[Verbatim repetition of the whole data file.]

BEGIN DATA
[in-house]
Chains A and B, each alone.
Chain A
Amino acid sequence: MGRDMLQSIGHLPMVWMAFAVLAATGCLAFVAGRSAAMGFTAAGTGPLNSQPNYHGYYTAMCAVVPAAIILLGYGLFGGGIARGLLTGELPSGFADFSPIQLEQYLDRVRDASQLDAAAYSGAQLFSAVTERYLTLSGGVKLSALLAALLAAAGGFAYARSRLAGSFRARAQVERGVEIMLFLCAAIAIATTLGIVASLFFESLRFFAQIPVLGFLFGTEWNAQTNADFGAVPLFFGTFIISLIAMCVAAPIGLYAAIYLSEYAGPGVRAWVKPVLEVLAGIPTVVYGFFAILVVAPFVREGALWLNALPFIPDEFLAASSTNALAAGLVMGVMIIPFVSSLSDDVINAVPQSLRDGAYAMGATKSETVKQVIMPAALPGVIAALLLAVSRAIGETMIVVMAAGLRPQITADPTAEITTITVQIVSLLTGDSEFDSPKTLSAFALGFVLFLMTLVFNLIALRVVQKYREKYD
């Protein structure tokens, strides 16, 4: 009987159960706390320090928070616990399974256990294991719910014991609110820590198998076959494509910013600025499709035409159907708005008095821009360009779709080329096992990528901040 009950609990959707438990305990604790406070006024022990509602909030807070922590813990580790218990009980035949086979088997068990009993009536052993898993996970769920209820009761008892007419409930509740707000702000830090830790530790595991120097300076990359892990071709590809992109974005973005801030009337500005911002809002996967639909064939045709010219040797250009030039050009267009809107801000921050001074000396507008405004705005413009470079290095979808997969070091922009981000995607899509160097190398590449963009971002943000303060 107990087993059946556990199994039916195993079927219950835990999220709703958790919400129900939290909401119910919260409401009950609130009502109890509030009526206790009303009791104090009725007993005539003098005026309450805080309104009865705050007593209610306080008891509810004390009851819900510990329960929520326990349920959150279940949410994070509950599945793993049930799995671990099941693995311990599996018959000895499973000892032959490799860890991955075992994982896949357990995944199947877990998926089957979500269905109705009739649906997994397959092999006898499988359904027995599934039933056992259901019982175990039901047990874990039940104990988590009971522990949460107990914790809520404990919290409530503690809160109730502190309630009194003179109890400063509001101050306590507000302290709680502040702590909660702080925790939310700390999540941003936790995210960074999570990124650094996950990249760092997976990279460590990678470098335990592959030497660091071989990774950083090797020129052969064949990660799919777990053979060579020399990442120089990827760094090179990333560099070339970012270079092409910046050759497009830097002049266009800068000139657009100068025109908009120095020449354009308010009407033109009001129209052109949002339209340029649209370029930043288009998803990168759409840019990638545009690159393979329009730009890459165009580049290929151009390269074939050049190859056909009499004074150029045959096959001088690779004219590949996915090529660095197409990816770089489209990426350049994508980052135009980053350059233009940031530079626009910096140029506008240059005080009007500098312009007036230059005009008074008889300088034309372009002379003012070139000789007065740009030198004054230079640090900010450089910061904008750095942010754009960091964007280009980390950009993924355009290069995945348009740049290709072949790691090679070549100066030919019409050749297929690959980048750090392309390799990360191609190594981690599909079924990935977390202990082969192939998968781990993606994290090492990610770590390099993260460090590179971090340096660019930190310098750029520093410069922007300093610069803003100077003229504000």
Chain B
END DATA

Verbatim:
[in-house]
Chains A and B, each alone.
Chain A
Amino acid sequence: MGRDMLQSIGHLPMVWMAFAVLAATGCLAFVAGRSAAMGFTAAGTGPLNSQPNYHGYYTAMCAVVPAAIILLGYGLFGGGIARGLLTGELPSGFADFSPIQLEQYLDRVRDASQLDAAAYSGAQLFSAVTERYLTLSGGVKLSALLAALLAAAGGFAYARSRLAGSFRARAQVERGVEIMLFLCAAIAIATTLGIVASLFFESLRFFAQIPVLGFLFGTEWNAQTNADFGAVPLFFGTFIISLIAMCVAAPIGLYAAIYLSEYAGPGVRAWVKPVLEVLAGIPTVVYGFFAILVVAPFVREGALWLNALPFIPDEFLAASSTNALAAGLVMGVMIIPFVSSLSDDVINAVPQSLRDGAYAMGATKSETVKQVIMPAALPGVIAALLLAVSRAIGETMIVVMAAGLRPQITADPTAEITTITVQIVSLLTGDSEFDSPKTLSAFALGFVLFLMTLVFNLIALRVVQKYREKYD
């Protein structure tokens, strides 16, 4: 009987159960706390320090928070616990399974256990294991719910014991609110820590198998076959494509910013600025499709035409159907708005008095821009360009779709080329096992990528901040 009950609990959707438990305990604790406070006024022990509602909030807070922590813990580790218990009980035949086979088997068990009993009536052993898993996970769920209820009761008892007419409930509740707000702000830090830790530790595991120097300076990359892990071709590809992109974005973005801030009337500005911002809002996967639909064939045709010219040797250009030039050009267009809107801000921050001074000396507008405004705005413009470079290095979808997969070091922009981000995607899509160097190398590449963009971002943000303060 107990087993059946556990199994039916195993079927219950835990999220709703958790919400129900939290909401119910919260409401009950609130009502109890509030009526206790009303009791104090009725007993005539003098005026309450805080309104009865705050007593209610306080008891509810004390009851819900510990329960929520326990349920959150279940949410994070509950599945793993049930799995671990099941693995311990599996018959000895499973000892032959490799860890991955075992994982896949357990995944199947877990998926089957979500269905109705009739649906997994397959092999006898499988359904027995599934039933056992259901019982175990039901047990874990039940104990988590009971522990949460107990914790809520404990919290409530503690809160109730502190309630009194003179109890400063509001101050306590507000302290709680502040702590909660702080925790939310700390999540941003936790995210960074999570990124650094996950990249760092997976990279460590990678470098335990592959030497660091071989990774950083090797020129052969064949990660799919777990053979060579020399990442120089990827760094090179990333560099070339970012270079092409910046050759497009830097002049266009800068000139657009100068025109908009120095020449354009308010009407033109009001129209052109949002339209340029649209370029930043288009998803990168759409840019990638545009690159393979329009730009890459165009580049290929151009390269074939050049190859056909009499004074150029045959096959001088690779004219590949996915090529660095197409990816770089489209990426350049994508980052135009980053350059233009940031530079626009910096140029506008240059005080009007500098312009007036230059005009008074008889300088034309372009002379003012070139000789007065740009030198004054230079640090900010450089910061904008750095942010754009960091964007280009980390950009993924355009290069995945348009740049290709072949790691090679070549100066030919019409050749297929690959980048750090392309390799990360191609190594981690599909079924990935977390202990082969192939998968781990993606994290090492990610770590390099993260460090590179971090340096660019930190310098750029520093410069922007300093610069803003100077003229504000």
Chain B